Noble’s story of living with dissociative identity disorder and of being misdiagnosed, misunderstood and adrift in society.
The author’s powerful memoir begins right from the dedication: "This book is dedicated to our much-loved daughter Aimee, the sunshine of my life, and our wonderful therapist for her footsteps in the sand." Noble isn't referring to a husband or partner with "our"—she's referring to herself. More specifically, herselves: Noble has more than 20 identified personalities, 14 of which are individually renowned artists with their own distinct styles and strengths. Throughout the book, the author switches between “our” and “my,” heightening the connection of readers to the story. Growing up, her parents struggled with their own problems, as individuals and as a couple, which added to Noble's struggle with being overlooked while she found ways to compensate for the growing discord in her head. As the difficulties of adolescence compounded her challenges, the compensations became inadequate and she found herself—the self she identified as her primary personality at the time—awaking in the hospital more frequently. But little came of the hospitalizations. As Noble began to tentatively form connections with others, she found the ground under her feet shifting constantly: Who had she met? With whom did she do this activity, or that one? Which personality was responsible for the teenage misbehaviors? These and other similar questions form the core of the narrative.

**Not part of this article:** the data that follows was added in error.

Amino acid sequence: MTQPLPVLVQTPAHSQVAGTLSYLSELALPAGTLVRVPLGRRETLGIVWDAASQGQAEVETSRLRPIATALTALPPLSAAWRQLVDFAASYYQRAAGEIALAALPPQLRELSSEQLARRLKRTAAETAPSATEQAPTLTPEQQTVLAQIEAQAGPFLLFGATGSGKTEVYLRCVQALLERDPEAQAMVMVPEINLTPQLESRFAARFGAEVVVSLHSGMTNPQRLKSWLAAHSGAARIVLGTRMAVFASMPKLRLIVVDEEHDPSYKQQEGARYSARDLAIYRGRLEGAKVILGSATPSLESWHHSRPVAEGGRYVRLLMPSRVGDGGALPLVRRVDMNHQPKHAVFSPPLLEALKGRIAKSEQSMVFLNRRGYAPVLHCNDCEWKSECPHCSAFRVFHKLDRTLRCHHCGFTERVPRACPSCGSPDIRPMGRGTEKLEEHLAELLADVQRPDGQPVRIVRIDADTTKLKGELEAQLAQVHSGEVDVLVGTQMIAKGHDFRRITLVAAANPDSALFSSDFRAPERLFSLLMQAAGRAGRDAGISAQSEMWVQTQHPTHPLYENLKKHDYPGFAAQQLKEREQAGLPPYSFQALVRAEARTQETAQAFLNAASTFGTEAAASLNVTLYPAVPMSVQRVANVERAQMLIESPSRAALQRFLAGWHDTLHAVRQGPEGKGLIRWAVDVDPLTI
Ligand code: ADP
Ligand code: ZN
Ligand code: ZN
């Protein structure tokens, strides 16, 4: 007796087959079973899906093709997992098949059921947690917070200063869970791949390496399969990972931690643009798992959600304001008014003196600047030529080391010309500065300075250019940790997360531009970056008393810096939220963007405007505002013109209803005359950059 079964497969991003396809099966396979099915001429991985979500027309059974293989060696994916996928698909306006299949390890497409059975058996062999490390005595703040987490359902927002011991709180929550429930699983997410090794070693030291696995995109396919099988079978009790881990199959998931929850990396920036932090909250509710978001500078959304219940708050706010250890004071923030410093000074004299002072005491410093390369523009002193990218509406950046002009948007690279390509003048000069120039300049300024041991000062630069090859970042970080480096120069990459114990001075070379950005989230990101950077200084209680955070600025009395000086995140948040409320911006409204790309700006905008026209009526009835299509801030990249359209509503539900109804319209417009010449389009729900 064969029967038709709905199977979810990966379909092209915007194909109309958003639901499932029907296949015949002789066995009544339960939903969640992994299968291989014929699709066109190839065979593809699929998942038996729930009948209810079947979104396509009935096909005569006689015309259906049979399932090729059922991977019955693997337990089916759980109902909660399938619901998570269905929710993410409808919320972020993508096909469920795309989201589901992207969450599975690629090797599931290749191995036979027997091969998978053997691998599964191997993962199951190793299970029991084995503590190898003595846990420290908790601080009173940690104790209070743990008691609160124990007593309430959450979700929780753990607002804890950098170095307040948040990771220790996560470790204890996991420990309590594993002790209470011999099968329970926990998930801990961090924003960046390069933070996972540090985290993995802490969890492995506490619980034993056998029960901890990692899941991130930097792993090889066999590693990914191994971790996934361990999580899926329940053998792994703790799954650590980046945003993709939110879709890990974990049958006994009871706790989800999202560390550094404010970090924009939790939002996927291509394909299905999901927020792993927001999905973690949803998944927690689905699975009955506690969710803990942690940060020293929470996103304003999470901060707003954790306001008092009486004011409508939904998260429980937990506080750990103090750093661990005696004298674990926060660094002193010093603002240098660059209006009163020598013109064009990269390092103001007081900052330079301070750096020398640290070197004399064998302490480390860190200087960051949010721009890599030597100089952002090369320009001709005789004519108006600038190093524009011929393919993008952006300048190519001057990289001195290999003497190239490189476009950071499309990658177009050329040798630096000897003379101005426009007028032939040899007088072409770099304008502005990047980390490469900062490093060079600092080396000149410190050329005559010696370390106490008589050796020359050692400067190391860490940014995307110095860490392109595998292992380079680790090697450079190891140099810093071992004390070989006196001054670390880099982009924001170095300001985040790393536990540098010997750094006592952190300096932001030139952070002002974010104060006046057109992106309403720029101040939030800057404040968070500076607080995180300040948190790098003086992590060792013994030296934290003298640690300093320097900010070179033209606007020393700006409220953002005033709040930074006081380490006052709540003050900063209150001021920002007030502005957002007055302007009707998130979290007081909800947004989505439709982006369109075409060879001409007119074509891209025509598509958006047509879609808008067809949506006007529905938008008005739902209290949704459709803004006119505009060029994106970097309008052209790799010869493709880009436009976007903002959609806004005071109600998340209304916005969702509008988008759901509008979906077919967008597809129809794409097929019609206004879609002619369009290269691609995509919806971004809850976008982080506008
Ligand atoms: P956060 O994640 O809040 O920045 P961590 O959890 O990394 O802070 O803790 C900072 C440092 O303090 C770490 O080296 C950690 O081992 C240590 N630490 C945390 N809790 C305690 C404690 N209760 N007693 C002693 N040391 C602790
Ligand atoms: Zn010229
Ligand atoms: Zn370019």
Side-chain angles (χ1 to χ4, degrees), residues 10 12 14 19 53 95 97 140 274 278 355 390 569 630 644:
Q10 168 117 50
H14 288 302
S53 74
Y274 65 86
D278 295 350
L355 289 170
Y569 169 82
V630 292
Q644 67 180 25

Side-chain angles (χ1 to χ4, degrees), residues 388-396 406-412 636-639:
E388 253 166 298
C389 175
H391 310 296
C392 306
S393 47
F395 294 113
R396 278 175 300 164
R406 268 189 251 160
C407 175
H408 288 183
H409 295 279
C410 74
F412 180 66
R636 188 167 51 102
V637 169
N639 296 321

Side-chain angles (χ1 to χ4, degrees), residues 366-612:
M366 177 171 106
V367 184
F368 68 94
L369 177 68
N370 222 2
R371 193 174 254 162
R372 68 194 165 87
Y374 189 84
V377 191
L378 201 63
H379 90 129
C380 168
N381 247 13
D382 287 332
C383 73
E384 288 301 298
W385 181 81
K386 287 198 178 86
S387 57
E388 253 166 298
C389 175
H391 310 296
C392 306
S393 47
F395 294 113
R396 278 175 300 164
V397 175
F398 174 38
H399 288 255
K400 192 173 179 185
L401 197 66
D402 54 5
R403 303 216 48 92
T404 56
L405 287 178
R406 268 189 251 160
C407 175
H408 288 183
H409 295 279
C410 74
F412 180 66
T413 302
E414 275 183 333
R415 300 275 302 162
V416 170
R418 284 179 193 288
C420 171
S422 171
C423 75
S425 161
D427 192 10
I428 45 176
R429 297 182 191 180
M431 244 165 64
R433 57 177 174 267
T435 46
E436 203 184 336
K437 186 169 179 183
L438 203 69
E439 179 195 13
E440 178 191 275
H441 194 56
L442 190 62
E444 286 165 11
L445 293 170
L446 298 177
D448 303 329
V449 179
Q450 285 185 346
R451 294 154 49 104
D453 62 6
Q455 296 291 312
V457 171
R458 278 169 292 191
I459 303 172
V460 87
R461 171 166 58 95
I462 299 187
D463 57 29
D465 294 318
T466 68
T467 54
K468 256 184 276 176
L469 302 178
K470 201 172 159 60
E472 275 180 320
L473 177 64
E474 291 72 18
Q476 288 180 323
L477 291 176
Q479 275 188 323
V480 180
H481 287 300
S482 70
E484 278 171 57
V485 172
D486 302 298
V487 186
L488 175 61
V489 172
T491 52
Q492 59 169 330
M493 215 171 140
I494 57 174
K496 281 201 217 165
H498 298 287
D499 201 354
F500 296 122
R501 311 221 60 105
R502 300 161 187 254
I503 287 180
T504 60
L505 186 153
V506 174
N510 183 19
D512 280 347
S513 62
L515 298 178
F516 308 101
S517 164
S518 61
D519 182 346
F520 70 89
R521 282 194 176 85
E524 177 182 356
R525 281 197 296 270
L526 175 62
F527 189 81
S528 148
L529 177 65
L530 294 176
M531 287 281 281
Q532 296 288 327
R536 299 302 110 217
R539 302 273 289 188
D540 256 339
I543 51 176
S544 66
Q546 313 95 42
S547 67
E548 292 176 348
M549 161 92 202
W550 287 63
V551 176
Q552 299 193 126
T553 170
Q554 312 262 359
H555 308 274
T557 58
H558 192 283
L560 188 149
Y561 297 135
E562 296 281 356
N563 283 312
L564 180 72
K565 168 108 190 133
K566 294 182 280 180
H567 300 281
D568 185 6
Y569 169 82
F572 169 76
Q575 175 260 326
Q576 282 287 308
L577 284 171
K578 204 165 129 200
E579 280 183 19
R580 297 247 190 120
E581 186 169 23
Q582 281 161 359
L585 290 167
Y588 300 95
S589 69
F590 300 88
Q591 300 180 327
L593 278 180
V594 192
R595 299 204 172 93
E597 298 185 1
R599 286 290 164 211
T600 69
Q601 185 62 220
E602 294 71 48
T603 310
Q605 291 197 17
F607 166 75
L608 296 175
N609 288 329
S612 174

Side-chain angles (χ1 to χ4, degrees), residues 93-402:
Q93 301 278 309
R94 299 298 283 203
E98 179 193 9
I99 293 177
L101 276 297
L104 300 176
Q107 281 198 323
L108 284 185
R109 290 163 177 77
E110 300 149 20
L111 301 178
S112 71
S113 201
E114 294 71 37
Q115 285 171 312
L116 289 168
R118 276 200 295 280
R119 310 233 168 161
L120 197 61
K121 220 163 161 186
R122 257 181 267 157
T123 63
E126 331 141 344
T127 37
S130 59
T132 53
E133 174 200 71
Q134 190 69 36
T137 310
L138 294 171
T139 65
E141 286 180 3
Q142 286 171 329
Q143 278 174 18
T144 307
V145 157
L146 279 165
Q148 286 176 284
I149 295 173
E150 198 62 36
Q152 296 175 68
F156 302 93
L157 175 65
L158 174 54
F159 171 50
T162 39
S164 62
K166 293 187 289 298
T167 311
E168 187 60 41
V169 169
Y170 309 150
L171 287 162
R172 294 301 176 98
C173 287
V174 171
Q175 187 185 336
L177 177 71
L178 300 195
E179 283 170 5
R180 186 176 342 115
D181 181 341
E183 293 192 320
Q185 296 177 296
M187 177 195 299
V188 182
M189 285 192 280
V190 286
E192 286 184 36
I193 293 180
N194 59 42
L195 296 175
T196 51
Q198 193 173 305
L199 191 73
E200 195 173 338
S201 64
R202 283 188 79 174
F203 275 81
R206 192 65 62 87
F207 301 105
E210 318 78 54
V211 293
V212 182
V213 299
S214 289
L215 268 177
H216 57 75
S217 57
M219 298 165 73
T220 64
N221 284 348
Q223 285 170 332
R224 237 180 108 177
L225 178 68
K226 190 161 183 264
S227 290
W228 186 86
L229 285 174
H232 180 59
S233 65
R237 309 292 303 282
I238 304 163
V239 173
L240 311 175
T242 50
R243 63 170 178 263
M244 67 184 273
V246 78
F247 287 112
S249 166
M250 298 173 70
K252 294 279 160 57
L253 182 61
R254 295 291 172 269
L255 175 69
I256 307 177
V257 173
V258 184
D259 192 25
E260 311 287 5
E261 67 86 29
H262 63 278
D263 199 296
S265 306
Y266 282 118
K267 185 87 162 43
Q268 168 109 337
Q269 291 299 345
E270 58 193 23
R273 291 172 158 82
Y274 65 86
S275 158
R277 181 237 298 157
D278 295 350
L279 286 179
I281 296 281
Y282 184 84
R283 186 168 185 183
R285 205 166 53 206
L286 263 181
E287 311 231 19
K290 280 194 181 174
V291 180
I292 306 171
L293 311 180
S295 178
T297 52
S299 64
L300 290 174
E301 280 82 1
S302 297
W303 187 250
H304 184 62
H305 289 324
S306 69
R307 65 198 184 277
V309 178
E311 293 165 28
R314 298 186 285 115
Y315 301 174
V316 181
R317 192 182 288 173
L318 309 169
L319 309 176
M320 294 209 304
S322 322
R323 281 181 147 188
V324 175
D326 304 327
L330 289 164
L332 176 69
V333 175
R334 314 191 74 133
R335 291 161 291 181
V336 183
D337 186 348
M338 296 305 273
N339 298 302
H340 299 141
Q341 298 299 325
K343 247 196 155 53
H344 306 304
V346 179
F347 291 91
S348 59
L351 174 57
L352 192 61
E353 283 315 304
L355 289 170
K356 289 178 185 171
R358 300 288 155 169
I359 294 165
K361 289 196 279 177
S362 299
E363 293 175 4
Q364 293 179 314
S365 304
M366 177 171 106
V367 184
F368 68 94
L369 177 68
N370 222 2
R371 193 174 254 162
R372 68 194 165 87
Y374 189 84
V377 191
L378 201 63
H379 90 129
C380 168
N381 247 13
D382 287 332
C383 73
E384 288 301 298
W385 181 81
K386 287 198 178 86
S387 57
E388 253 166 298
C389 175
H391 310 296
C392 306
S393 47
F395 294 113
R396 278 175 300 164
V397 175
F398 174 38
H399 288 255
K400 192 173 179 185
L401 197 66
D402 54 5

The main question is whether Noble was better served in the mental health system, or outside of it, and the answers she reaches trying to grow into adulthood and motherhood are at once jarring and deeply moving.